SocialSocial CommerceMindshare Proposes Interest Graph in Vision for Social Commerce

Mindshare Proposes Interest Graph in Vision for Social Commerce

The disconnect between social and commerce is virtually impossible to overcome in an all-encompassing environment like Facebook, according to Mindshare.

The disconnect between social and commerce is virtually impossible to overcome in an all-encompassing environment like Facebook, according to a new report from Mindshare.

The WPP Group’s London-based agency concluded that direct transactions on Facebook for goods and services are “unlikely to become a huge opportunity.” In order to achieve scale, Mindshare believes the social graph must be integrated across more platforms with social features.

In its new report on the future of social commerce, it argues that even the sharing of data between competitors such as Facebook and Amazon will be more complementary than disruptive.

The ever-present like button on Facebook will eventually give way to what it calls the next wave of social signals – moving from like to want, have, need, or love, for example. These steps will enable the transition from social recommendations to a more customized framework of shared interests among friends and strangers alike, according to the report.

Facebook is making its own moves into the social commerce space as well. Just last week the social giant launched a new Gifts service that enables users to purchase tangible items for other Facebook users. There are currently more than 100 retail partners on board including Starbucks, Magnolia Bakery and others.

Rather than reaching consumers based on their personal connections in the social graph, Mindshare is pushing for an interest graph that will be based on shared interest connections. While the social graph informs brands about the identity of each user and who they know, there is only an implicit indication of what products or services they might buy. The interest graph, however, will create explicit buy signals by focusing on how users view themselves and what they like or want, according to Mindshare’s projections.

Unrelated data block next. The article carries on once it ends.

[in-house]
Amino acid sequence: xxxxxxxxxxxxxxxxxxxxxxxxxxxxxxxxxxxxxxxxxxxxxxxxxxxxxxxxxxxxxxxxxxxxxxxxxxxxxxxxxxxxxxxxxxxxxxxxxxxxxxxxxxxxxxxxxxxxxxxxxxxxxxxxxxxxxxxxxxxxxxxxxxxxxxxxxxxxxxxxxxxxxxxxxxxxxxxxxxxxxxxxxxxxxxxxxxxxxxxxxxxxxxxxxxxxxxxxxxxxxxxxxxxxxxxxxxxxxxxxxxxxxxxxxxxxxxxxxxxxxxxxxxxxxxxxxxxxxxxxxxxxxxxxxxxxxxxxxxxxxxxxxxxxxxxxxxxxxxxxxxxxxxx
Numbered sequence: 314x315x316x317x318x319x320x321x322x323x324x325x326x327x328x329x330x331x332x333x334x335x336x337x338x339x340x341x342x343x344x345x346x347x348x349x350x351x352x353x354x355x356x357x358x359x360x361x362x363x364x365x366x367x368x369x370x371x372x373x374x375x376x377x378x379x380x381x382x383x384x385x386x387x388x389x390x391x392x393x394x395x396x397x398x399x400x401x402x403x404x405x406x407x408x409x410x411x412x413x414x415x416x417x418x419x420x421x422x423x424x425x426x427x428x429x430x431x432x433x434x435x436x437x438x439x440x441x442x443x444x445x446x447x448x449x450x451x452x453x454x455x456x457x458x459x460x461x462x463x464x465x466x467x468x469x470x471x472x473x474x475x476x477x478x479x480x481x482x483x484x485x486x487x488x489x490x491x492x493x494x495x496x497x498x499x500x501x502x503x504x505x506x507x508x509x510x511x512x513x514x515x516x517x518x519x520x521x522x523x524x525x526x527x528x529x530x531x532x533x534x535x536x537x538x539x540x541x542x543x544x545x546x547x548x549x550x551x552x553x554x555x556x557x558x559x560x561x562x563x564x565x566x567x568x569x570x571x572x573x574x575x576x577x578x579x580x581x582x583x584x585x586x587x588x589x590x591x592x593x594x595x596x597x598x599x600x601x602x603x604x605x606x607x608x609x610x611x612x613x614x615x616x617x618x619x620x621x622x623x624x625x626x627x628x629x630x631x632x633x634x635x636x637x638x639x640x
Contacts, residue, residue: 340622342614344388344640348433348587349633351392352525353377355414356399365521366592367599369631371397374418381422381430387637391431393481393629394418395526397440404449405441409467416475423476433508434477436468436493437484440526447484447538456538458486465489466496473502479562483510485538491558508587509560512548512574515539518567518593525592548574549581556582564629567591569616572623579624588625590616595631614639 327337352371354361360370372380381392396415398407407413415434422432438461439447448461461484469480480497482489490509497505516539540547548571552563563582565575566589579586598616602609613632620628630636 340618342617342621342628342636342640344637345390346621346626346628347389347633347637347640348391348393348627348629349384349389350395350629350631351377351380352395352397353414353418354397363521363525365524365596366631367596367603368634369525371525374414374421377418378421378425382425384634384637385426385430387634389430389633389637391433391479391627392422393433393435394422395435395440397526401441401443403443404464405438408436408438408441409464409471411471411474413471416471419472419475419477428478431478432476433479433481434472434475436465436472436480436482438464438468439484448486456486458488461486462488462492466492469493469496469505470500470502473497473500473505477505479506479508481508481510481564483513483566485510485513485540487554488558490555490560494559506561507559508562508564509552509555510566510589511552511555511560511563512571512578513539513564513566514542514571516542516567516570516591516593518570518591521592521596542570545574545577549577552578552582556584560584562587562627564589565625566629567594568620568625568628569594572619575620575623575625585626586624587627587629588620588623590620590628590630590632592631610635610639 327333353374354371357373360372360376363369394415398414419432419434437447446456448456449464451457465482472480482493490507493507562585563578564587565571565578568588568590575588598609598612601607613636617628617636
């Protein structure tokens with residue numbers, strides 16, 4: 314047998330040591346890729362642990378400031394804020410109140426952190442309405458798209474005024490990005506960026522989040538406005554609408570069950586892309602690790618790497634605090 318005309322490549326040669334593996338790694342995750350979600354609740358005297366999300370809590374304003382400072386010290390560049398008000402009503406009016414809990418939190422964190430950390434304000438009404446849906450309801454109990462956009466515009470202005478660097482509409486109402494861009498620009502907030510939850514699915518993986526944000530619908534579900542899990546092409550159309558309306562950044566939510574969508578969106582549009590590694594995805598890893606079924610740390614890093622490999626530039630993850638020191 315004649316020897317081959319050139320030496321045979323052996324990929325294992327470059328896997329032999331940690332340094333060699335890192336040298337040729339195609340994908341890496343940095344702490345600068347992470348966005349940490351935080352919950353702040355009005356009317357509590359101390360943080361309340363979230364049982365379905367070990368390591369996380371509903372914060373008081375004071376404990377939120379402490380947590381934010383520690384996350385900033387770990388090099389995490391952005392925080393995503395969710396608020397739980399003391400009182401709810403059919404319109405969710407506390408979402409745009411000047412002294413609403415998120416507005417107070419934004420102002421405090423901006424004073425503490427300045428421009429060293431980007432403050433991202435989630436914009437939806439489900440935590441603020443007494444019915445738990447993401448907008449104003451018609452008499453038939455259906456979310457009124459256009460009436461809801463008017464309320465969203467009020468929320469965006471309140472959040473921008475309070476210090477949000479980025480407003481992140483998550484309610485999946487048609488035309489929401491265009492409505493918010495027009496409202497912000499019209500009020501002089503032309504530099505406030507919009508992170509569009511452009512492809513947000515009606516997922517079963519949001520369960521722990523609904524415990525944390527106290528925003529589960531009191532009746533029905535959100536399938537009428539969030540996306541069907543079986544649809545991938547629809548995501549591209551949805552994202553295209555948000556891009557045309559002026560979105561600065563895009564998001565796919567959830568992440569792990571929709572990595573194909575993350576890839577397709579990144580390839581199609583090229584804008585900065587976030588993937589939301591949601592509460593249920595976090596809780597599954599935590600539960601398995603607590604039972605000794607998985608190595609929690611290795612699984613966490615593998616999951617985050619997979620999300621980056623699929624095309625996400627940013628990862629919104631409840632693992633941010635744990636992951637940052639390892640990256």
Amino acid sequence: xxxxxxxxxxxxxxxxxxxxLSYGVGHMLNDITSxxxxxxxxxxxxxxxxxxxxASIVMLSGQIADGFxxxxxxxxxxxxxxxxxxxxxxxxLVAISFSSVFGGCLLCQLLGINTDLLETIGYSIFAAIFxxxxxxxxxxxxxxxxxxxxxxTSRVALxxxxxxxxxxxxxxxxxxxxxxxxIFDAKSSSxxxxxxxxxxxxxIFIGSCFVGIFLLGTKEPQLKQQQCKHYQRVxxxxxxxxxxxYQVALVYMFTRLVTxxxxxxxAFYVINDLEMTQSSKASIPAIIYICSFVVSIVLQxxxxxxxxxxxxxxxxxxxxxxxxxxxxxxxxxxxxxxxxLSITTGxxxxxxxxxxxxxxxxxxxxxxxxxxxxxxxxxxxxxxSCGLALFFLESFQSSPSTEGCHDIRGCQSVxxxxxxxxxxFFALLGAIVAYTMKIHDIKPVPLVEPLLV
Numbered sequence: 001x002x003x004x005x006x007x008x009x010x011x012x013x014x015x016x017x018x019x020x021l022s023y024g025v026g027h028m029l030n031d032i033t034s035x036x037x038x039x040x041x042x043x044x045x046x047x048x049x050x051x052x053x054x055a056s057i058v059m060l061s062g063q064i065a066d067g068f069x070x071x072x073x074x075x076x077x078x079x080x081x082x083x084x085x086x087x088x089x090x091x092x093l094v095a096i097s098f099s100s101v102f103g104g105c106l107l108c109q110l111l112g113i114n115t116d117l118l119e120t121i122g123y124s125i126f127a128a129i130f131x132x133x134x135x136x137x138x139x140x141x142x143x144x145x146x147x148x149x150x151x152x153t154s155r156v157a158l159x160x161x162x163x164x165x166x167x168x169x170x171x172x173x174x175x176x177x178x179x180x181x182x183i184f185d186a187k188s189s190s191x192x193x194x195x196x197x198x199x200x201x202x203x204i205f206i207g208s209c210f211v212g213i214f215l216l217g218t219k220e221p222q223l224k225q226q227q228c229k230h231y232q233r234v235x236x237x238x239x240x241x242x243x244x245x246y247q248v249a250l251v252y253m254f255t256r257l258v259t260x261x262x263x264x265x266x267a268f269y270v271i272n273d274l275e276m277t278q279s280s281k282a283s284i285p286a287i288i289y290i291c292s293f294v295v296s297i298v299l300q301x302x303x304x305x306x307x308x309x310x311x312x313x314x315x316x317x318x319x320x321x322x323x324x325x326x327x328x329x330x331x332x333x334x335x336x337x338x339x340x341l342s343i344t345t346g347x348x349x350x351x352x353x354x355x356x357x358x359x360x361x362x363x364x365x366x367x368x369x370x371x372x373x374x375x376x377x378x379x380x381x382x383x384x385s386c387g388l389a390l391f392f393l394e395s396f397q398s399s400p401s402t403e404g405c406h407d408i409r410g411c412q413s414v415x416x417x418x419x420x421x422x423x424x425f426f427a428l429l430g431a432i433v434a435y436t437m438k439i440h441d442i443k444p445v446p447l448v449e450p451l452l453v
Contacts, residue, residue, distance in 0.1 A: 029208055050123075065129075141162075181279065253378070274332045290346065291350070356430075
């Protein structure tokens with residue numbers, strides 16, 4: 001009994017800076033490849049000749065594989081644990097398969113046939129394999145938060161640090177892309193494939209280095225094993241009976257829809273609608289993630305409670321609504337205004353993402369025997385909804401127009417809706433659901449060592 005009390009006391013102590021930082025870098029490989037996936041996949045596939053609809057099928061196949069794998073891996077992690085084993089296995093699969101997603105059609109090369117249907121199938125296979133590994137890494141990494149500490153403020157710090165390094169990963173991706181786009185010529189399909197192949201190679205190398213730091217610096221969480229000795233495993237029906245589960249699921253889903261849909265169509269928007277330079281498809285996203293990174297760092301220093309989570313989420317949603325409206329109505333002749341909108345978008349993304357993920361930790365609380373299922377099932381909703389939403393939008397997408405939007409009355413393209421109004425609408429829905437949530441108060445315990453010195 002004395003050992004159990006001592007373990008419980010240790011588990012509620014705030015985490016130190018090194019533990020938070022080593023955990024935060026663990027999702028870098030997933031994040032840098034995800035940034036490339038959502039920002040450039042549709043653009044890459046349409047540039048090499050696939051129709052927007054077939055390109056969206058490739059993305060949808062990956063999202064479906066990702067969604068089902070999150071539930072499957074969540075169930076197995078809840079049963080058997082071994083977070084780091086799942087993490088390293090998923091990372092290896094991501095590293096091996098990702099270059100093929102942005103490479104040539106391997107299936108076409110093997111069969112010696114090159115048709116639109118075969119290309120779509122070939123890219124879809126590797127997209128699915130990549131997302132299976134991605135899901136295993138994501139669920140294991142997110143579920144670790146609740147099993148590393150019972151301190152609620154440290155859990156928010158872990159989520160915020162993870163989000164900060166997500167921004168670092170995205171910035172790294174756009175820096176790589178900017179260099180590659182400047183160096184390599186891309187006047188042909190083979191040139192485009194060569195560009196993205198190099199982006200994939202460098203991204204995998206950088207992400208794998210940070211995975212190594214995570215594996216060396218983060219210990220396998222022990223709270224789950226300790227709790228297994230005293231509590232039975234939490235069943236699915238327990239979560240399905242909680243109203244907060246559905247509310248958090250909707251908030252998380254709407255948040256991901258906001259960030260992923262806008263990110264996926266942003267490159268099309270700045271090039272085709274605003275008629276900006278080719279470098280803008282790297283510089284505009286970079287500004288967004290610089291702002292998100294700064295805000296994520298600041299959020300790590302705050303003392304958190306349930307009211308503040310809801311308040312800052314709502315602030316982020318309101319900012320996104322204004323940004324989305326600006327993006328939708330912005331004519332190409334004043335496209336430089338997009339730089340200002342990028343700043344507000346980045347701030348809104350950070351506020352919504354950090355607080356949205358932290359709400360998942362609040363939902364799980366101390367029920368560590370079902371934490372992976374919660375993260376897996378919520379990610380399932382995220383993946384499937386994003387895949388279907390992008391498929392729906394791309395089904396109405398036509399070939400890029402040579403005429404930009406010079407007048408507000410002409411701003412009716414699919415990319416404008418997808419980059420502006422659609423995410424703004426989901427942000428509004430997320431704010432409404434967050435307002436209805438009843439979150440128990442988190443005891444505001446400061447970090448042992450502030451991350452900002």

The interest graph will not be dependent on the scale of each network because it captures a greater reach of users on other platforms such as Twitter, Tumblr, Google+, Instagram, and Pinterest, the agency adds.

To get a leg up on these opportunities, Mindshare encourages brands to evolve from fan retention to customer sales.

Offers should be driven by referral programs and exclusivity mechanics while interest-driven marketing efforts can leverage social curation and interest-graph data for paid advertising, the agency notes in the report.

By coupling interest-graph data with loyal customer data, brands can target audiences with a higher propensity to buy, according to the agency. And through its vision for social commerce, Mindshare also proposes that customers can become affiliates if they’re rewarded for helping brands acquire new customers.

Related Articles

Seeing the trees for the forest with paid social

Social & Community Seeing the trees for the forest with paid social

1m Mike O'Brien
A guide to five Facebook ad types that will reach your marketing objectives

Display Advertising A guide to five Facebook ad types that will reach your marketing objectives

3m Tereza Litsa
How to use Facebook Insights to track the success of your social strategy

Analytics How to use Facebook Insights to track the success of your social strategy

4m Tereza Litsa
Facebook goes after clickbait headlines - five tips to maintain reach

Content Marketing Facebook goes after clickbait headlines - five tips to maintain reach

5m Tereza Litsa
The best Facebook marketing strategies for 2017

Social The best Facebook marketing strategies for 2017

7m Tereza Litsa
How to use Facebook mobile ads as an "interest indicator" to drive conversions

Display Advertising How to use Facebook mobile ads as an "interest indicator" to drive conversions

7m Sana Ansari
What Facebook's big bet on AR means for brands

Mobile What Facebook's big bet on AR means for brands

7m Al Roberts
How to handle negative reviews and manage your brand's reputation

Community Management How to handle negative reviews and manage your brand's reputation

8m Chris Camps